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WEDNESDAY, April 8, 2015 (HealthDay News) -- For patients undergoing heart surgery, using transfused red blood cells stored for 21 days or more is as good as using blood cells stored for 10 days or less, a new study finds.
Previous studies have suggested that transfusing red blood cells stored for more than two to three weeks was linked to serious, even deadly, results, the study authors noted.
But the new study results, reported April 9 in the New England Journal of Medicine, disprove the thinking that fresher blood is better for heart surgery patients, the researchers said.
"It does not appear necessary to restrict complex cardiac surgery patients to receive only red cells stored for shorter lengths of time, as receiving red blood cells of shorter storage duration does not confer any benefits for these patients," said lead researcher Dr. Marie Steiner. She is a pediatric hematologist-oncologist at the University of Minnesota Medical Center in Minneapolis.
Added Dr. Louis Katz, chief medical officer of America's Blood Centers: "This study should be reassuring to people concerned about transfusing older rather than fresher red blood cells."
Katz explained that red blood cells are stored and refrigerated in a solution that keeps them from clotting. They can be kept and used for a maximum of 42 days. As these cells age, they look different from fresher cells when examined under a microscope. "People have said, 'That can't be good,' " he said.
"While it seems obvious that funnier-looking cells from older bags wouldn't do as well, we now have major randomized trials that say that's not true," Katz added. "That just shows you that looking at a stored red cell under the microscope doesn't tell you what's going on."
For the study, Steiner and her colleagues randomly assigned nearly 1,100 patients undergoing heart operations to receive either red blood cells stored for 10 days or less, or stored for 21 days or more. The researchers looked for changes in what is called the Multiple Organ Dysfunction Score, which ranges from 0 to 24. The higher the score, the more severe the organ damage.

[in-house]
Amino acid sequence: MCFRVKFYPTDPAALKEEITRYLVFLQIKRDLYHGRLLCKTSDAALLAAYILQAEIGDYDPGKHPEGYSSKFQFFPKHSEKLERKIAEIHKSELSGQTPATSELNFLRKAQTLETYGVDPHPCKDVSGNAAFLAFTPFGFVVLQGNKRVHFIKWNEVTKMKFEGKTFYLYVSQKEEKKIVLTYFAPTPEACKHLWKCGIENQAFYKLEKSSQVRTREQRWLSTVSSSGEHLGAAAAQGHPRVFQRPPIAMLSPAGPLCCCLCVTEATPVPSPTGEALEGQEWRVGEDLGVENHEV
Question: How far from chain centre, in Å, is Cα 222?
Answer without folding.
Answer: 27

Patients were followed for seven days or until they died or left the hospital. The storage time of red blood cells given to those who received the freshest ones was seven days, compared to 28 days for those who received the oldest red blood cells.
The results: patients who got the newer red blood cells had Multiple Organ Dysfunction Scores that increased 8.5 points. This compared to an increase of 8.7 points for those who received the oldest red blood cells, the researchers found.
Over seven days, 2.8 percent of patients who received the freshest red blood cells died, compared with 2 percent of those given the oldest red blood cells. And at 28 days after their surgeries, 4.4 percent of those given the freshest red blood cells died, compared with 5.3 percent of those given the oldest red blood cells, the researchers said.
While side effects were similar between the groups, those given the older red blood cells were more likely to develop jaundice caused by the breakdown of older red cells -- a condition called hyperbilirubinemia, the investigators found.
"This study closes the door on an issue raised seven years ago in a study that suggested that there was increased risk to cardiac patients who received older blood versus fresher blood," said Dr. Richard Benjamin, chief medical officer of the American Red Cross.
"Hospitals had been asking, actually demanding, the freshest possible blood because they were saying older blood was doing harm. And that places incredible strain on the blood supply -- we simply can't supply all patients with the freshest possible blood," he said.
This study shows that blood -- whether seven days old or 28 days old, is equally good, Benjamin said. "You shouldn't be demanding the freshest blood as you have been for the last seven years," he said.
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SOURCES: Marie Steiner, M.D., pediatric hematologist-oncologist, University of Minnesota Medical Center, Minneapolis; Louis Katz, M.D., chief medical officer, America's Blood Centers; Richard Benjamin M.D., Ph.D., chief medical officer, American Red Cross; April 9, 2015, New England Journal of Medicine